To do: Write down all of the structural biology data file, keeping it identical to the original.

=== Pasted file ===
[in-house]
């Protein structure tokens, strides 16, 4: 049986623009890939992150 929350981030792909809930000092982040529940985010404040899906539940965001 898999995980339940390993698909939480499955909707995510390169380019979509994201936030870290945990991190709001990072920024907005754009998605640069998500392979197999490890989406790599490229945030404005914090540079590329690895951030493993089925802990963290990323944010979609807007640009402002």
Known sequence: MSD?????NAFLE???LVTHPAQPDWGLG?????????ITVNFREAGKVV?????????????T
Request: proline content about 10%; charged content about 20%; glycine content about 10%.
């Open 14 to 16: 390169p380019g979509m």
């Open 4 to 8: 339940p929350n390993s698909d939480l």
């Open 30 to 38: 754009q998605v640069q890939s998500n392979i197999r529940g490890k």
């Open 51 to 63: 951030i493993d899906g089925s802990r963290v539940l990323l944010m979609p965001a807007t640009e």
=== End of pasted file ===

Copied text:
[in-house]
């Protein structure tokens, strides 16, 4: 049986623009890939992150 929350981030792909809930000092982040529940985010404040899906539940965001 898999995980339940390993698909939480499955909707995510390169380019979509994201936030870290945990991190709001990072920024907005754009998605640069998500392979197999490890989406790599490229945030404005914090540079590329690895951030493993089925802990963290990323944010979609807007640009402002």
Known sequence: MSD?????NAFLE???LVTHPAQPDWGLG?????????ITVNFREAGKVV?????????????T
Request: proline content about 10%; charged content about 20%; glycine content about 10%.
């Open 14 to 16: 390169p380019g979509m």
């Open 4 to 8: 339940p929350n390993s698909d939480l």
């Open 30 to 38: 754009q998605v640069q890939s998500n392979i197999r529940g490890k």
């Open 51 to 63: 951030i493993d899906g089925s802990r963290v539940l990323l944010m979609p965001a807007t640009e």